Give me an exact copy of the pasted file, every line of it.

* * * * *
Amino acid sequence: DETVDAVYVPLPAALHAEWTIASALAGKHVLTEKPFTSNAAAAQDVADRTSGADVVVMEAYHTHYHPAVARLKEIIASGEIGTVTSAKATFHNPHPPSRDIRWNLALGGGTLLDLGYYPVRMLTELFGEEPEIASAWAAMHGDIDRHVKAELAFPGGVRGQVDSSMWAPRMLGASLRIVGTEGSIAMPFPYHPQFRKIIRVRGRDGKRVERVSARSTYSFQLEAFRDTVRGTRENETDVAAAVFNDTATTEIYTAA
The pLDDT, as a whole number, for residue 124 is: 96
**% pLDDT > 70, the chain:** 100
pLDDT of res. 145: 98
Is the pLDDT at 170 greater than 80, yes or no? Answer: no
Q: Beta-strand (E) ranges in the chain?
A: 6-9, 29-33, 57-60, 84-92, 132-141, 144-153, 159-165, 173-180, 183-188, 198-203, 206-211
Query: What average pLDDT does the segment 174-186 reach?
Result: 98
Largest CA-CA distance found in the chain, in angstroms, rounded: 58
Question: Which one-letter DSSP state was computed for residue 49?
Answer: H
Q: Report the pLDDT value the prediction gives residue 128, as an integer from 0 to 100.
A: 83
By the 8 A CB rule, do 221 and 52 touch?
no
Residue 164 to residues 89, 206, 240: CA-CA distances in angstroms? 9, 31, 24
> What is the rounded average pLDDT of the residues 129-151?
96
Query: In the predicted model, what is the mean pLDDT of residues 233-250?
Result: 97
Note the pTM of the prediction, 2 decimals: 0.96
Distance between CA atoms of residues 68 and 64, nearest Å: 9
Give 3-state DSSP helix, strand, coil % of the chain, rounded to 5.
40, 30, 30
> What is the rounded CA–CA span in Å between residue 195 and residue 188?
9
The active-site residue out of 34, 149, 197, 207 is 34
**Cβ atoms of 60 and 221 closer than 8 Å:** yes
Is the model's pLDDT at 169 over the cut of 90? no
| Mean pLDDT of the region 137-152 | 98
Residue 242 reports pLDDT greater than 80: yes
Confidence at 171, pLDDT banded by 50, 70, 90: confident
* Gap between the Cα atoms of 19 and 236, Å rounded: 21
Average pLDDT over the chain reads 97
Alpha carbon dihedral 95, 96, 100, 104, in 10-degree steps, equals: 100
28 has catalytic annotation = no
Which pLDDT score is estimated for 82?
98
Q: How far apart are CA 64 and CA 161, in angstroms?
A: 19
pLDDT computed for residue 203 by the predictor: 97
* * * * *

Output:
Amino acid sequence: DETVDAVYVPLPAALHAEWTIASALAGKHVLTEKPFTSNAAAAQDVADRTSGADVVVMEAYHTHYHPAVARLKEIIASGEIGTVTSAKATFHNPHPPSRDIRWNLALGGGTLLDLGYYPVRMLTELFGEEPEIASAWAAMHGDIDRHVKAELAFPGGVRGQVDSSMWAPRMLGASLRIVGTEGSIAMPFPYHPQFRKIIRVRGRDGKRVERVSARSTYSFQLEAFRDTVRGTRENETDVAAAVFNDTATTEIYTAA
The pLDDT, as a whole number, for residue 124 is: 96
**% pLDDT > 70, the chain:** 100
pLDDT of res. 145: 98
Is the pLDDT at 170 greater than 80, yes or no? Answer: no
Q: Beta-strand (E) ranges in the chain?
A: 6-9, 29-33, 57-60, 84-92, 132-141, 144-153, 159-165, 173-180, 183-188, 198-203, 206-211
Query: What average pLDDT does the segment 174-186 reach?
Result: 98
Largest CA-CA distance found in the chain, in angstroms, rounded: 58
Question: Which one-letter DSSP state was computed for residue 49?
Answer: H
Q: Report the pLDDT value the prediction gives residue 128, as an integer from 0 to 100.
A: 83
By the 8 A CB rule, do 221 and 52 touch?
no
Residue 164 to residues 89, 206, 240: CA-CA distances in angstroms? 9, 31, 24
> What is the rounded average pLDDT of the residues 129-151?
96
Query: In the predicted model, what is the mean pLDDT of residues 233-250?
Result: 97
Note the pTM of the prediction, 2 decimals: 0.96
Distance between CA atoms of residues 68 and 64, nearest Å: 9
Give 3-state DSSP helix, strand, coil % of the chain, rounded to 5.
40, 30, 30
> What is the rounded CA–CA span in Å between residue 195 and residue 188?
9
The active-site residue out of 34, 149, 197, 207 is 34
**Cβ atoms of 60 and 221 closer than 8 Å:** yes
Is the model's pLDDT at 169 over the cut of 90? no
| Mean pLDDT of the region 137-152 | 98
Residue 242 reports pLDDT greater than 80: yes
Confidence at 171, pLDDT banded by 50, 70, 90: confident
* Gap between the Cα atoms of 19 and 236, Å rounded: 21
Average pLDDT over the chain reads 97
Alpha carbon dihedral 95, 96, 100, 104, in 10-degree steps, equals: 100
28 has catalytic annotation = no
Which pLDDT score is estimated for 82?
98
Q: How far apart are CA 64 and CA 161, in angstroms?
A: 19
pLDDT computed for residue 203 by the predictor: 97